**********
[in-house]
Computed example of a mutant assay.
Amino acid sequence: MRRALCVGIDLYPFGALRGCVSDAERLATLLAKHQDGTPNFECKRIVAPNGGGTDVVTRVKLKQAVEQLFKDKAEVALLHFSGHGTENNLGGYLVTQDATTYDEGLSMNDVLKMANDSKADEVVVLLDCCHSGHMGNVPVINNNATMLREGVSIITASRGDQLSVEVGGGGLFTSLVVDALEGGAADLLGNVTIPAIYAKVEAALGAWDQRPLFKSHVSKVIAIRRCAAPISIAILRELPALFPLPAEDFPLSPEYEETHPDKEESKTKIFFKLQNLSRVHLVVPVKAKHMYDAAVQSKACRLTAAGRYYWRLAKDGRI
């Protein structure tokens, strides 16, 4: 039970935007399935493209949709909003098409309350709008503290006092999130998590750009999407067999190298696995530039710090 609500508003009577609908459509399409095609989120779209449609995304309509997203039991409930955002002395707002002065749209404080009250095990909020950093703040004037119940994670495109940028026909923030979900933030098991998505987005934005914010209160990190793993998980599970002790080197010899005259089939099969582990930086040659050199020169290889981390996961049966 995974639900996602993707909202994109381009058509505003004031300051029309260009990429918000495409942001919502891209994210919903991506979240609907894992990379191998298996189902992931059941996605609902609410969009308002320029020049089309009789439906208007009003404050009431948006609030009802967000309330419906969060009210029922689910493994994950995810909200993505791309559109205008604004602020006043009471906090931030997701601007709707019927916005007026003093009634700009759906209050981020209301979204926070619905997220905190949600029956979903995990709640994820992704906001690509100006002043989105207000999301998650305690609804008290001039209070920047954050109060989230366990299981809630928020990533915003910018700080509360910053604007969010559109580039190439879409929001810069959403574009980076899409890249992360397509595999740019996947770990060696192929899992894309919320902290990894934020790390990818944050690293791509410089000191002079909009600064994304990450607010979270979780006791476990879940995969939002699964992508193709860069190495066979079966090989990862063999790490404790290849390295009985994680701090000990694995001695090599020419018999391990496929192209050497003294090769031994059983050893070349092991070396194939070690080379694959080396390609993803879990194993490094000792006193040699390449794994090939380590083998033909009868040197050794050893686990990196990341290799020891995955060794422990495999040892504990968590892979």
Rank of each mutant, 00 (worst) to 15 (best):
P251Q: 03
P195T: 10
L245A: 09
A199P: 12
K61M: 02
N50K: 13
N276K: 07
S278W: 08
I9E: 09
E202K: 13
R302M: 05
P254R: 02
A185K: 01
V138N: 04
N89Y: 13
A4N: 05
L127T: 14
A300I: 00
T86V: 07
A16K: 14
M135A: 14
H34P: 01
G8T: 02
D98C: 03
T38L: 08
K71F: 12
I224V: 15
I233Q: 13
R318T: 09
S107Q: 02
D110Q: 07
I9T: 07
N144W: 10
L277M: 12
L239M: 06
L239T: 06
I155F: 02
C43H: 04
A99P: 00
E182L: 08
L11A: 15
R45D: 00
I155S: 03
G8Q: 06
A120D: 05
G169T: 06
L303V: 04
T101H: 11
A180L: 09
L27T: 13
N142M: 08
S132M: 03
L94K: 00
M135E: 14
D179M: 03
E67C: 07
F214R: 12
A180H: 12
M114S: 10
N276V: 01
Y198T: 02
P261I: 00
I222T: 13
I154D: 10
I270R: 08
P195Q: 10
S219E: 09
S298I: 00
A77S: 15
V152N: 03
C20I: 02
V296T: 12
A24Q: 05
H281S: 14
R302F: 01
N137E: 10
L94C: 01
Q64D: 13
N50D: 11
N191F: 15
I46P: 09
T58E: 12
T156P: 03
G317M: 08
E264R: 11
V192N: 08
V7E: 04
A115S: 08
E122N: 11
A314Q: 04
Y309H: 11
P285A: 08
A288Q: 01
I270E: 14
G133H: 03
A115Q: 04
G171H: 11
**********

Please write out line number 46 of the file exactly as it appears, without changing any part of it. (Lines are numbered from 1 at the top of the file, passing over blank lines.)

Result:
L11A: 15